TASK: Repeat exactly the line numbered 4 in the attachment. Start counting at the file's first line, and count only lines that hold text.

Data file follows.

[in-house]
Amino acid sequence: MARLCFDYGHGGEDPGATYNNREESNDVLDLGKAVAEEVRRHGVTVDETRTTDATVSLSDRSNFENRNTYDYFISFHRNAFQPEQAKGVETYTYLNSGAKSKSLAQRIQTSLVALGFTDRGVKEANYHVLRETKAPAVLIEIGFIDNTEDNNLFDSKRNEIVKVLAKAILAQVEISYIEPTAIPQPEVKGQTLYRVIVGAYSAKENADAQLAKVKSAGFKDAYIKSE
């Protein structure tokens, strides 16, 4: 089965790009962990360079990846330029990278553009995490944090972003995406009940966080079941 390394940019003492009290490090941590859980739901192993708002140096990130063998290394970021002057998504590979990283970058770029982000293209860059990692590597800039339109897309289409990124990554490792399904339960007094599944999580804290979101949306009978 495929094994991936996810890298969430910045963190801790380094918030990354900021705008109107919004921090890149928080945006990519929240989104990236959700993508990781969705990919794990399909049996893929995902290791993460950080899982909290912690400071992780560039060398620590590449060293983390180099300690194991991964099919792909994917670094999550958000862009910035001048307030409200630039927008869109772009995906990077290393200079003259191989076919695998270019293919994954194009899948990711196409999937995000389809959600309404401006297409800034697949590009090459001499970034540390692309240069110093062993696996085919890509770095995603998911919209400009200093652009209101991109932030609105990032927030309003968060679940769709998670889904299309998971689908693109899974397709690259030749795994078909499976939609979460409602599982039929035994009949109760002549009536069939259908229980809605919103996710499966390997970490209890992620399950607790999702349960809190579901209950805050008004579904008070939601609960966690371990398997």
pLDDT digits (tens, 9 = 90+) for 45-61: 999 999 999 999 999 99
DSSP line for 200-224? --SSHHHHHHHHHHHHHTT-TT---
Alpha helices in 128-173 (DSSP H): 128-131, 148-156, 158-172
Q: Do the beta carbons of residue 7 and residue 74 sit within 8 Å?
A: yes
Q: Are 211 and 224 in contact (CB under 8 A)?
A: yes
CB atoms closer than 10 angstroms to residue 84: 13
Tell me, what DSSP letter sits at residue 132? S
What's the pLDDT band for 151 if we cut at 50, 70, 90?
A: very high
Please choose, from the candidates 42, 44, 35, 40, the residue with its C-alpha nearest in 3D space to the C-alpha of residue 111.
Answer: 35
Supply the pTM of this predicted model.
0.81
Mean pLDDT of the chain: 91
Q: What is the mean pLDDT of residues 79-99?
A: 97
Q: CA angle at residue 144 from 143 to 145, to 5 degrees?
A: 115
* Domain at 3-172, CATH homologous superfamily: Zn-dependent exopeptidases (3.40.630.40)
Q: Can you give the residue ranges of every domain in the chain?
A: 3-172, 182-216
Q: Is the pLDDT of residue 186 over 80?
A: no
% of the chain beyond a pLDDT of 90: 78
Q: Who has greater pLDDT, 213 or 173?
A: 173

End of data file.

pLDDT digits (tens, 9 = 90+) for 45-61: 999 999 999 999 999 99